Before we proceed to discuss kin selection we should define the term altruism. It refers to the behaviour pattern of an individual in the population for the benefit of other members. Probably genes for altruism regulate the behaviour of such individuals. The local warning signal given by a bird to alert the other members of the flock or a honey bee stinging an intruder in order to defend its hive, are a couple of examples of altruism. In both the instances the altruistic individual may not survive: the signaller may invite the attention of the predator and the stinging bee usually dies. It should be obvious to you that the death of these individuals would result in the elimination of concerned genes for such behaviour. Critics of Darwin argue that although altruism as a behaviour pattern is an adaptation, the fact that altruists are victims of such behaviour refutes the concept-that natural selection would promote favourable genes in the population.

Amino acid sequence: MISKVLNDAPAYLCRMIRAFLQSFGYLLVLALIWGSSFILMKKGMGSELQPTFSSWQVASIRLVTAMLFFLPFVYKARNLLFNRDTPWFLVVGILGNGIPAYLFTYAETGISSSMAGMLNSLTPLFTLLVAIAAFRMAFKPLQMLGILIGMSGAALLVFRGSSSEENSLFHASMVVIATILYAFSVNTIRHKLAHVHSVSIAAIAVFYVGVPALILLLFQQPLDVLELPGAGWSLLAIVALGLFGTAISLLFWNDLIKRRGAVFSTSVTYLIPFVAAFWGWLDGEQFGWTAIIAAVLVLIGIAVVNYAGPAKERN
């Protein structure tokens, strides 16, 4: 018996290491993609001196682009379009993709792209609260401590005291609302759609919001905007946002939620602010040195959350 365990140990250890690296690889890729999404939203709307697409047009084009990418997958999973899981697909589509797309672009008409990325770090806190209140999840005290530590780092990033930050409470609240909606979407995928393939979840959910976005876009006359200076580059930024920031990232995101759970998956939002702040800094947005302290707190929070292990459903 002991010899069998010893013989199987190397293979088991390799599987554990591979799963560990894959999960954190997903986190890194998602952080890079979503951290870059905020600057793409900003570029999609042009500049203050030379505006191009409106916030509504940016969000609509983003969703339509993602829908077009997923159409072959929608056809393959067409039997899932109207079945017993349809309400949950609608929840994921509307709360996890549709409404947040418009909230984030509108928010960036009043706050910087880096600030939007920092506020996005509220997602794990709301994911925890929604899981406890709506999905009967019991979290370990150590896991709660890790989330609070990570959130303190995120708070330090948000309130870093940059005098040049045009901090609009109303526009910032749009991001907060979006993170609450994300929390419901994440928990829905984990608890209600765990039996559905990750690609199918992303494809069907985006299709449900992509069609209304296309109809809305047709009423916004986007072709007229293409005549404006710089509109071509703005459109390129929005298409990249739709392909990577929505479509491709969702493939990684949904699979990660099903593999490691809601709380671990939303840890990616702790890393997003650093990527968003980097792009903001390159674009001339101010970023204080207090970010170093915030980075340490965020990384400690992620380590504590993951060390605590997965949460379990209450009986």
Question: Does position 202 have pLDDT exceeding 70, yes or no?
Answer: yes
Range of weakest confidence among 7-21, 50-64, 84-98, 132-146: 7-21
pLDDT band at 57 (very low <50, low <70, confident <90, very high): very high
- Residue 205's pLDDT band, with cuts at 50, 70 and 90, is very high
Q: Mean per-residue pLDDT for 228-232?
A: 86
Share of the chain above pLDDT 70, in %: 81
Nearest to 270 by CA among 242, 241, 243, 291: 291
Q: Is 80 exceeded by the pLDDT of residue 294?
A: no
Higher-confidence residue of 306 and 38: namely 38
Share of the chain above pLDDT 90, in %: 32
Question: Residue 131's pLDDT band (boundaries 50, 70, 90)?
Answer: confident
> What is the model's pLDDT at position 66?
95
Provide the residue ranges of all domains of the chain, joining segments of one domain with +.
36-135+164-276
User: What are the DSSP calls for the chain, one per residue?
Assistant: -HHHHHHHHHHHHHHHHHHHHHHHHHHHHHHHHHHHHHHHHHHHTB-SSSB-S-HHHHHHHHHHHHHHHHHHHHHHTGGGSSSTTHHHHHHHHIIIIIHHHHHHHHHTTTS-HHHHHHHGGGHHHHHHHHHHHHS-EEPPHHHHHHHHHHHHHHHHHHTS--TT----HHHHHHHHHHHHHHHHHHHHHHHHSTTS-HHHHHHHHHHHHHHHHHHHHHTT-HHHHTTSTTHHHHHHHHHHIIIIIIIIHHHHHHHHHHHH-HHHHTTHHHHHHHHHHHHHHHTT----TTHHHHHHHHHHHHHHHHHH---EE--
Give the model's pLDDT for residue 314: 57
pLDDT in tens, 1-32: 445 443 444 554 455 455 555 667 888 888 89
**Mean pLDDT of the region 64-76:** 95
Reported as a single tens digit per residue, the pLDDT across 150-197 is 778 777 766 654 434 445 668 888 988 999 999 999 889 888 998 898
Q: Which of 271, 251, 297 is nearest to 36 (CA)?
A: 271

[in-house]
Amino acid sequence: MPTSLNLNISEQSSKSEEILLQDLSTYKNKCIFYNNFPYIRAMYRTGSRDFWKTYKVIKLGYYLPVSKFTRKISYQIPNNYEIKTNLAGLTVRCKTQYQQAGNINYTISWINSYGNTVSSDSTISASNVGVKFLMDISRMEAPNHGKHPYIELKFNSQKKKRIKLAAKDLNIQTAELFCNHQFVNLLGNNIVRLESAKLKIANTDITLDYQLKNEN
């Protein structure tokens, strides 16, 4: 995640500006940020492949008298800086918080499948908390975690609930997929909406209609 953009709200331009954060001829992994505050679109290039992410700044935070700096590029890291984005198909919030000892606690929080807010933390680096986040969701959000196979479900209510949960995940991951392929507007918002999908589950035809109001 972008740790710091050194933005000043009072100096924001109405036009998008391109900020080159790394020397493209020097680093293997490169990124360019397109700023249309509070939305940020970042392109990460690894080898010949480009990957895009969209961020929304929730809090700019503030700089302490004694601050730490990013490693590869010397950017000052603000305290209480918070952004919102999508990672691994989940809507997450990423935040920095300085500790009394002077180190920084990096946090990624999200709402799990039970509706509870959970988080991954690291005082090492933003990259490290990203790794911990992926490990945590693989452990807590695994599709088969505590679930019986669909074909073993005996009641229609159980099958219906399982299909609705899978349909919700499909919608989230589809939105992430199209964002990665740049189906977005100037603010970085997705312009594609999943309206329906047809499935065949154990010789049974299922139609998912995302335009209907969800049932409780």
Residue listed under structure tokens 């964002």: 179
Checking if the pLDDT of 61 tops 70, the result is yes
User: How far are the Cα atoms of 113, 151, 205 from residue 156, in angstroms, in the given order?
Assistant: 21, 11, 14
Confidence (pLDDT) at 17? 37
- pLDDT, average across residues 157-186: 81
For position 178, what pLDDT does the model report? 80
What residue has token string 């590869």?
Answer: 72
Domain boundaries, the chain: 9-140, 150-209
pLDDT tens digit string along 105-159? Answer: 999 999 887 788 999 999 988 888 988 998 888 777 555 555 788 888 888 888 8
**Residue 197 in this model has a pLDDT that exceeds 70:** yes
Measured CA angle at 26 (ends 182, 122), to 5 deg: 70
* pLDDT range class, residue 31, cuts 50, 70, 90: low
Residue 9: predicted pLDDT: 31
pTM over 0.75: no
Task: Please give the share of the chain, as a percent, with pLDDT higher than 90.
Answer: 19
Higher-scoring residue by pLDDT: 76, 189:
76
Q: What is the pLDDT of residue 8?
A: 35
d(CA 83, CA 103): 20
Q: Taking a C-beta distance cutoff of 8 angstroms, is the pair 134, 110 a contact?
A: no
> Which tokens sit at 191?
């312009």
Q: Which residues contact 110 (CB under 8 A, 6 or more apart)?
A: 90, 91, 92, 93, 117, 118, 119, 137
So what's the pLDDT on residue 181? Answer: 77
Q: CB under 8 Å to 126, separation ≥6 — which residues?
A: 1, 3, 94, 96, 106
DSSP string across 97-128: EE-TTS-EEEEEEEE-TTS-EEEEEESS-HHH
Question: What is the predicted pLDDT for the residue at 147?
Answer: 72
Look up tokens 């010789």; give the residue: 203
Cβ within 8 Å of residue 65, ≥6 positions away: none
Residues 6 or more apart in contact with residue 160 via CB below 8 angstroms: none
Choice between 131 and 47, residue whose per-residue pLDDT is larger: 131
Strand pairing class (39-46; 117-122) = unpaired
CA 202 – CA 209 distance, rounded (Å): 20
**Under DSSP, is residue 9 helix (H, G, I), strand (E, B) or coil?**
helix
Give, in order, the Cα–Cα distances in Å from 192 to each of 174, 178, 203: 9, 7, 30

A British biologist, W.D. Hamilton, effectively theorised that altruism is not an evidence against natural selection and proposed the term kin selection to explain altruistic behaviour. The term kin selection could be equated to natural selection when we are considering the kin or relatives of an individual. For instance a mother expending energy suckling or caring for her children, only ensures the reproductive success of her own genes through her progeny. Kin selection essentially favours such altruistic behaviour when the risk taken or energy spent by an individual is more than compensated by the benefits accrued by the relatives.